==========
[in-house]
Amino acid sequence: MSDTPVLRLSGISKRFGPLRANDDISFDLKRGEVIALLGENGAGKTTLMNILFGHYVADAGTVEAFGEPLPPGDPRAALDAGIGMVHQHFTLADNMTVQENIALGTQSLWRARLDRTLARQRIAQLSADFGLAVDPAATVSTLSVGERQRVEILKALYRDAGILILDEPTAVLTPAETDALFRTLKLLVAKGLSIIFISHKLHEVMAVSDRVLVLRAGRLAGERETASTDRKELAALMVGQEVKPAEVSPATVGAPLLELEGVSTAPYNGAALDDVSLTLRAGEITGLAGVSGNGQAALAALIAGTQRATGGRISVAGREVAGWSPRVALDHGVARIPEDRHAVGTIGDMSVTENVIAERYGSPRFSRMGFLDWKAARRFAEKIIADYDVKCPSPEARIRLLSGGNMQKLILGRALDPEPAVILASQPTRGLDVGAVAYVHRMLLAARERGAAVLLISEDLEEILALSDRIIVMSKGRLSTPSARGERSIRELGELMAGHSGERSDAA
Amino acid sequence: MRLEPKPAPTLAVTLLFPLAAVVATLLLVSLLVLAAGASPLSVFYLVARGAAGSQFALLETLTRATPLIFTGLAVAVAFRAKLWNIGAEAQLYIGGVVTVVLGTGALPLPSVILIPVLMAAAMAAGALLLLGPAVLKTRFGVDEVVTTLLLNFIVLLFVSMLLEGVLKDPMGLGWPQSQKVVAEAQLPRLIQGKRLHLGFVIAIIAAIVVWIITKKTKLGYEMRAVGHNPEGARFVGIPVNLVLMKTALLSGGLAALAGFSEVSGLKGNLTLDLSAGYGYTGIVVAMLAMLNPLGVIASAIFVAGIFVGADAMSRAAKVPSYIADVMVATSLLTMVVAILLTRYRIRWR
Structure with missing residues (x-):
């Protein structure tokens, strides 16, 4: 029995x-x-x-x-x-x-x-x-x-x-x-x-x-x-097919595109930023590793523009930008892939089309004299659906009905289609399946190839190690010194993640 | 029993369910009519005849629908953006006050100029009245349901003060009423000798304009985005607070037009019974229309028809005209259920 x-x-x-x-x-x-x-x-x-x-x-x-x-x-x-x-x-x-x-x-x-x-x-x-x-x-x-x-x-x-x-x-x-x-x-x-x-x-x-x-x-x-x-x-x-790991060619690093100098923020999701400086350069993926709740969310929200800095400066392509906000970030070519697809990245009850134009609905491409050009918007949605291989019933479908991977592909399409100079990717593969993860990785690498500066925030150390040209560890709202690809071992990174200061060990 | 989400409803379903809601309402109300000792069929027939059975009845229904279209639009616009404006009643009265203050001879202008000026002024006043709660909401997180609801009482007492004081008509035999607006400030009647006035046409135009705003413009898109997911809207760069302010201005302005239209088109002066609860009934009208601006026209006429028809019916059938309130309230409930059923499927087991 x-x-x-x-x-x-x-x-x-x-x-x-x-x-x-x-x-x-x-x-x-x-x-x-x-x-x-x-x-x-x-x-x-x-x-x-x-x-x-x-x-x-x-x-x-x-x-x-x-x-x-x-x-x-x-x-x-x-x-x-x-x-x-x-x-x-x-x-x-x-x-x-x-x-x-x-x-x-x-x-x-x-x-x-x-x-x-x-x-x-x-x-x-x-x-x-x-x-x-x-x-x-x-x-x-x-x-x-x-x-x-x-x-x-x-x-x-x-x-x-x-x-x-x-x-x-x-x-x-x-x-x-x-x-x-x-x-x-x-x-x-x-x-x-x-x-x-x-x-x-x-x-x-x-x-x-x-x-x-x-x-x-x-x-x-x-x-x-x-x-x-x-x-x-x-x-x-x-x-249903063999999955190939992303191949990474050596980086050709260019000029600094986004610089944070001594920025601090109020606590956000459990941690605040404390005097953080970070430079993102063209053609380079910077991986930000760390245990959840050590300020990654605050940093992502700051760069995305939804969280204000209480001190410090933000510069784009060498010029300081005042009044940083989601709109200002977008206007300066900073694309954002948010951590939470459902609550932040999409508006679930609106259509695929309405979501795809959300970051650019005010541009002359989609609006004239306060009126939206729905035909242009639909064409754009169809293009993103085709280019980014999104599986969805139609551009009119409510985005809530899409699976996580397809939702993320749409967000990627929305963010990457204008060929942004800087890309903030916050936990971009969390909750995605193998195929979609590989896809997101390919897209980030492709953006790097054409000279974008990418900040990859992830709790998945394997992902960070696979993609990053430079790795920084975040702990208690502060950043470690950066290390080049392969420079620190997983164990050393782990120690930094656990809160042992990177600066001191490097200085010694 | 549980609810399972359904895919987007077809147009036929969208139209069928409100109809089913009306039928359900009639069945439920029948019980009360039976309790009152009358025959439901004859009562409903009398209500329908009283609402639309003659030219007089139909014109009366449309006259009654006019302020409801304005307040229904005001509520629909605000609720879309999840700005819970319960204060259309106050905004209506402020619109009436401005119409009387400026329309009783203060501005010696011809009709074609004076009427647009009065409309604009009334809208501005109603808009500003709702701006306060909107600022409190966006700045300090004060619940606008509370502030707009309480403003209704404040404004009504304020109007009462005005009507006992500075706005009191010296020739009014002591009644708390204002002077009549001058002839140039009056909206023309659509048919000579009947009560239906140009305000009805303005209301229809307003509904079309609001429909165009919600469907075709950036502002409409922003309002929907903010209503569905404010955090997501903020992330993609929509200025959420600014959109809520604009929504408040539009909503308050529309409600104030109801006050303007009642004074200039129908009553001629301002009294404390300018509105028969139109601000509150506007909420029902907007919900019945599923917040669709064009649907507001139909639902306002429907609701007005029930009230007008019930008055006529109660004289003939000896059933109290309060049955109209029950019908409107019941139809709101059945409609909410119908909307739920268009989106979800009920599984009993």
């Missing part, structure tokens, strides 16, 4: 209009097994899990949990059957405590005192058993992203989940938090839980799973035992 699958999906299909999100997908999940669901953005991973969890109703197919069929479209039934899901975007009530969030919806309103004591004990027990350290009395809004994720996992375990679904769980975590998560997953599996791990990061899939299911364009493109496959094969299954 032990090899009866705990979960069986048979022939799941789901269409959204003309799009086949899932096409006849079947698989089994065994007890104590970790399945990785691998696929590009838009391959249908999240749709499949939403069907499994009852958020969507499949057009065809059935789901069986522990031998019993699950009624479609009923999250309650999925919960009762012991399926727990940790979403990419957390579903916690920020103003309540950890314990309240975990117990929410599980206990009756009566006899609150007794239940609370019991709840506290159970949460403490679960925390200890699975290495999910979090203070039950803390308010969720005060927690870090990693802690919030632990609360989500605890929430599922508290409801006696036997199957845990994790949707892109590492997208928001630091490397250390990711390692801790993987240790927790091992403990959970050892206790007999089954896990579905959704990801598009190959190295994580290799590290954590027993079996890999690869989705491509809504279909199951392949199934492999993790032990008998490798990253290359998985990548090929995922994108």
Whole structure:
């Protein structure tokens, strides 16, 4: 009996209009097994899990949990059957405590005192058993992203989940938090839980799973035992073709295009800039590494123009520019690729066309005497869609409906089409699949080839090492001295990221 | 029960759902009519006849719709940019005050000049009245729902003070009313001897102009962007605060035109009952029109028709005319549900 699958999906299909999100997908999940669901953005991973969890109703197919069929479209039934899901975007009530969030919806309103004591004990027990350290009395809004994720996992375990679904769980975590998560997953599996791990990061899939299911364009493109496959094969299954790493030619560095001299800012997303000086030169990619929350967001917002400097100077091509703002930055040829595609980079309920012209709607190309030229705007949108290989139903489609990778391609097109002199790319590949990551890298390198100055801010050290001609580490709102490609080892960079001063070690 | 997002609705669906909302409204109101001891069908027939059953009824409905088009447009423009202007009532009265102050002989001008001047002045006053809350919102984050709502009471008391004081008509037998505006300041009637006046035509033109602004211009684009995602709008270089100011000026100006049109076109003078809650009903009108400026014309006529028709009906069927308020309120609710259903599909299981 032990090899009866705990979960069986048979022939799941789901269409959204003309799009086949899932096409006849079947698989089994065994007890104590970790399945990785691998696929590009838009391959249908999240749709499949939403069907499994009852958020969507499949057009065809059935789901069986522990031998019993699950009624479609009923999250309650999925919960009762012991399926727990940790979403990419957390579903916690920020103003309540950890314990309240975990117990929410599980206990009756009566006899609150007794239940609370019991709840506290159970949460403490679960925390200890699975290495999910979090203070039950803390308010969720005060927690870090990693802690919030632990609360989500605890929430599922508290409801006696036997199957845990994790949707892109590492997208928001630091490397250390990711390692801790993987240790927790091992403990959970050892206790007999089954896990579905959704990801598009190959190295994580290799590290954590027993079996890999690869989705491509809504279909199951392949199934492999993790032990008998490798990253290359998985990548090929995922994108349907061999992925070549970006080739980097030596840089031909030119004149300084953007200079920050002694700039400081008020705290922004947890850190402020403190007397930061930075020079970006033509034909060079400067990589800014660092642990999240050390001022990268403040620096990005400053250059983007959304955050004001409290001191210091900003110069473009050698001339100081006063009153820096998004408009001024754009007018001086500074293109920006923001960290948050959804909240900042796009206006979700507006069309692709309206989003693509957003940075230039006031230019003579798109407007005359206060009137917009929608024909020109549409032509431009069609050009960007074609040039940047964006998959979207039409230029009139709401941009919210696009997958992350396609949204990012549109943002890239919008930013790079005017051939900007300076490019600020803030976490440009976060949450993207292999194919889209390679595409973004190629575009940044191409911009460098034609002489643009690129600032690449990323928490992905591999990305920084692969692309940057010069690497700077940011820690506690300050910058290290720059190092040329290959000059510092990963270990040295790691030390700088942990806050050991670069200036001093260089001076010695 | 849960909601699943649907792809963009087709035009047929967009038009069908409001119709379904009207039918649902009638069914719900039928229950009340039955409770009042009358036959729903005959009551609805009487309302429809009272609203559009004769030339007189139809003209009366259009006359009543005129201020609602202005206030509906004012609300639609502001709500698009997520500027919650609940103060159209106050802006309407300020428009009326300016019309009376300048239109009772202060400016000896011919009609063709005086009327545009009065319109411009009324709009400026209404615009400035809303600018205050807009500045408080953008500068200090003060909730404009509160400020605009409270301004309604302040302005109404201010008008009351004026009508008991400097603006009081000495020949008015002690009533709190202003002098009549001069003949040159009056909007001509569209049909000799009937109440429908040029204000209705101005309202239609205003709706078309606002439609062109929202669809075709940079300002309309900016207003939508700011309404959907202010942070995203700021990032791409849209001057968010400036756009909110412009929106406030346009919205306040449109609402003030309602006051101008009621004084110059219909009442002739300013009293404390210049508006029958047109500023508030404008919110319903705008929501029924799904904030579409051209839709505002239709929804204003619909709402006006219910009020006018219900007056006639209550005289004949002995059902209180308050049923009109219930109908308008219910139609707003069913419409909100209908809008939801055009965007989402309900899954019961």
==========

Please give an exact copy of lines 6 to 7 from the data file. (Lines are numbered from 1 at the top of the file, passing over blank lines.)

């Missing part, structure tokens, strides 16, 4: 209009097994899990949990059957405590005192058993992203989940938090839980799973035992 699958999906299909999100997908999940669901953005991973969890109703197919069929479209039934899901975007009530969030919806309103004591004990027990350290009395809004994720996992375990679904769980975590998560997953599996791990990061899939299911364009493109496959094969299954 032990090899009866705990979960069986048979022939799941789901269409959204003309799009086949899932096409006849079947698989089994065994007890104590970790399945990785691998696929590009838009391959249908999240749709499949939403069907499994009852958020969507499949057009065809059935789901069986522990031998019993699950009624479609009923999250309650999925919960009762012991399926727990940790979403990419957390579903916690920020103003309540950890314990309240975990117990929410599980206990009756009566006899609150007794239940609370019991709840506290159970949460403490679960925390200890699975290495999910979090203070039950803390308010969720005060927690870090990693802690919030632990609360989500605890929430599922508290409801006696036997199957845990994790949707892109590492997208928001630091490397250390990711390692801790993987240790927790091992403990959970050892206790007999089954896990579905959704990801598009190959190295994580290799590290954590027993079996890999690869989705491509809504279909199951392949199934492999993790032990008998490798990253290359998985990548090929995922994108």
Whole structure: